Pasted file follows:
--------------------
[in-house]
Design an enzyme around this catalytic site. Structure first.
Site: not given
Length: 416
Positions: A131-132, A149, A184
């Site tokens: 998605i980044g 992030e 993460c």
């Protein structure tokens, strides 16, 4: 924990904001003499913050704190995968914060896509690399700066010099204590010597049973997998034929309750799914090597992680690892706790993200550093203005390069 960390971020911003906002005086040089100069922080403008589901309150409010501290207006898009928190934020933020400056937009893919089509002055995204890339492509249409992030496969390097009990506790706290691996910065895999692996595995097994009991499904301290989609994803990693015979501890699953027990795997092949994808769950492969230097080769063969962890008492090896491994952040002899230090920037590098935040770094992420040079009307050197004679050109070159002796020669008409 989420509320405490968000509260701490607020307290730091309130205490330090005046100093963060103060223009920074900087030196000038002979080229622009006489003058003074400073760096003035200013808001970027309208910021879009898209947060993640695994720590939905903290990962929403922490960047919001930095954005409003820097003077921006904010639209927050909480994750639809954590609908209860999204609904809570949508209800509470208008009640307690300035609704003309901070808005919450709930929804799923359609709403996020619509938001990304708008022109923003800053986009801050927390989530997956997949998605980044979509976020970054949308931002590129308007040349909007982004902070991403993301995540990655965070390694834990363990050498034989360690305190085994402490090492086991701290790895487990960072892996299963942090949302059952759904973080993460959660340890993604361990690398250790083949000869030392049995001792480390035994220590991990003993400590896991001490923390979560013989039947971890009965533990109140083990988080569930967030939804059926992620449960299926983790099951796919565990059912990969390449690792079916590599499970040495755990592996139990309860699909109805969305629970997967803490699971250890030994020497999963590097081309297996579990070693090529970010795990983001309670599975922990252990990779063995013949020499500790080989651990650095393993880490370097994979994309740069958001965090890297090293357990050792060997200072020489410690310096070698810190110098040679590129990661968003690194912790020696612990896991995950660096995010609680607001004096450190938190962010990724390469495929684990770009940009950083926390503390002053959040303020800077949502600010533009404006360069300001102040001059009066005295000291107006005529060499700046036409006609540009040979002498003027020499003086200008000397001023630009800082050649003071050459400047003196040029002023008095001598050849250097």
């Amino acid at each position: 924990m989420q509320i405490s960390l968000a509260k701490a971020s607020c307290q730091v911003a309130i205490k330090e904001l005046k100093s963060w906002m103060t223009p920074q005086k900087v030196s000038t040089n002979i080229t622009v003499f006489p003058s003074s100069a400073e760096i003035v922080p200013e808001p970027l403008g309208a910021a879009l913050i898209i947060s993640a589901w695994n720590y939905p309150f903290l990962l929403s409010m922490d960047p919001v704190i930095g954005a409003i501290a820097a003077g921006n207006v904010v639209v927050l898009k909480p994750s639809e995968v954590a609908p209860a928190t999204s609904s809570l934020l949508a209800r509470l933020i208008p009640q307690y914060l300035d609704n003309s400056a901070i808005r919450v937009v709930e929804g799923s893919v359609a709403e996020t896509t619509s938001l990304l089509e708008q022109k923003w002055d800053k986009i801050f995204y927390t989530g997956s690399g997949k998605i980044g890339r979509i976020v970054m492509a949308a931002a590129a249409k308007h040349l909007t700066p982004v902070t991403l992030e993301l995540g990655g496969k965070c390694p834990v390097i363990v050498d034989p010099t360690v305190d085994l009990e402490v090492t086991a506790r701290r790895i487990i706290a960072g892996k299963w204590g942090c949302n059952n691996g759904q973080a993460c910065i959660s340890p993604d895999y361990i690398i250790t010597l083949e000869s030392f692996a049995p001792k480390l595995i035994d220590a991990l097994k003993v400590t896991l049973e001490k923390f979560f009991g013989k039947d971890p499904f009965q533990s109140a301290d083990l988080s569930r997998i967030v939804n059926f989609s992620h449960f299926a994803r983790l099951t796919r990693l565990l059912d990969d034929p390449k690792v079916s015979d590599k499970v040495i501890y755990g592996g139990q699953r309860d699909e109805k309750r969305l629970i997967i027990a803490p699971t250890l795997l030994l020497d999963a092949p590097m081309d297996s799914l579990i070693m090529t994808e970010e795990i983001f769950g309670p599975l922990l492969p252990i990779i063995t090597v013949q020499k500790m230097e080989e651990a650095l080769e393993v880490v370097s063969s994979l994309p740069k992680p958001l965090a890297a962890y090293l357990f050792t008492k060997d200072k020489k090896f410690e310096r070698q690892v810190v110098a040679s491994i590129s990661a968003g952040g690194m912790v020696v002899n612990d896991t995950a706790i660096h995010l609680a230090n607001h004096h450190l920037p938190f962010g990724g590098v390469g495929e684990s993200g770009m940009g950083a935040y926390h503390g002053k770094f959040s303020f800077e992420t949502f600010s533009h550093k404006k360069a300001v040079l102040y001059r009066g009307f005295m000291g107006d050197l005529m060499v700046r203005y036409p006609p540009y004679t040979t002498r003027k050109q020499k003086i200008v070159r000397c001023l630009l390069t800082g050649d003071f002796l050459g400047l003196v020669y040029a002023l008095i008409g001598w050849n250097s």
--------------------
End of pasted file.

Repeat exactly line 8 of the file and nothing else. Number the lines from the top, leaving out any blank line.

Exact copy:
């Amino acid at each position: 924990m989420q509320i405490s960390l968000a509260k701490a971020s607020c307290q730091v911003a309130i205490k330090e904001l005046k100093s963060w906002m103060t223009p920074q005086k900087v030196s000038t040089n002979i080229t622009v003499f006489p003058s003074s100069a400073e760096i003035v922080p200013e808001p970027l403008g309208a910021a879009l913050i898209i947060s993640a589901w695994n720590y939905p309150f903290l990962l929403s409010m922490d960047p919001v704190i930095g954005a409003i501290a820097a003077g921006n207006v904010v639209v927050l898009k909480p994750s639809e995968v954590a609908p209860a928190t999204s609904s809570l934020l949508a209800r509470l933020i208008p009640q307690y914060l300035d609704n003309s400056a901070i808005r919450v937009v709930e929804g799923s893919v359609a709403e996020t896509t619509s938001l990304l089509e708008q022109k923003w002055d800053k986009i801050f995204y927390t989530g997956s690399g997949k998605i980044g890339r979509i976020v970054m492509a949308a931002a590129a249409k308007h040349l909007t700066p982004v902070t991403l992030e993301l995540g990655g496969k965070c390694p834990v390097i363990v050498d034989p010099t360690v305190d085994l009990e402490v090492t086991a506790r701290r790895i487990i706290a960072g892996k299963w204590g942090c949302n059952n691996g759904q973080a993460c910065i959660s340890p993604d895999y361990i690398i250790t010597l083949e000869s030392f692996a049995p001792k480390l595995i035994d220590a991990l097994k003993v400590t896991l049973e001490k923390f979560f009991g013989k039947d971890p499904f009965q533990s109140a301290d083990l988080s569930r997998i967030v939804n059926f989609s992620h449960f299926a994803r983790l099951t796919r990693l565990l059912d990969d034929p390449k690792v079916s015979d590599k499970v040495i501890y755990g592996g139990q699953r309860d699909e109805k309750r969305l629970i997967i027990a803490p699971t250890l795997l030994l020497d999963a092949p590097m081309d297996s799914l579990i070693m090529t994808e970010e795990i983001f769950g309670p599975l922990l492969p252990i990779i063995t090597v013949q020499k500790m230097e080989e651990a650095l080769e393993v880490v370097s063969s994979l994309p740069k992680p958001l965090a890297a962890y090293l357990f050792t008492k060997d200072k020489k090896f410690e310096r070698q690892v810190v110098a040679s491994i590129s990661a968003g952040g690194m912790v020696v002899n612990d896991t995950a706790i660096h995010l609680a230090n607001h004096h450190l920037p938190f962010g990724g590098v390469g495929e684990s993200g770009m940009g950083a935040y926390h503390g002053k770094f959040s303020f800077e992420t949502f600010s533009h550093k404006k360069a300001v040079l102040y001059r009066g009307f005295m000291g107006d050197l005529m060499v700046r203005y036409p006609p540009y004679t040979t002498r003027k050109q020499k003086i200008v070159r000397c001023l630009l390069t800082g050649d003071f002796l050459g400047l003196v020669y040029a002023l008095i008409g001598w050849n250097s």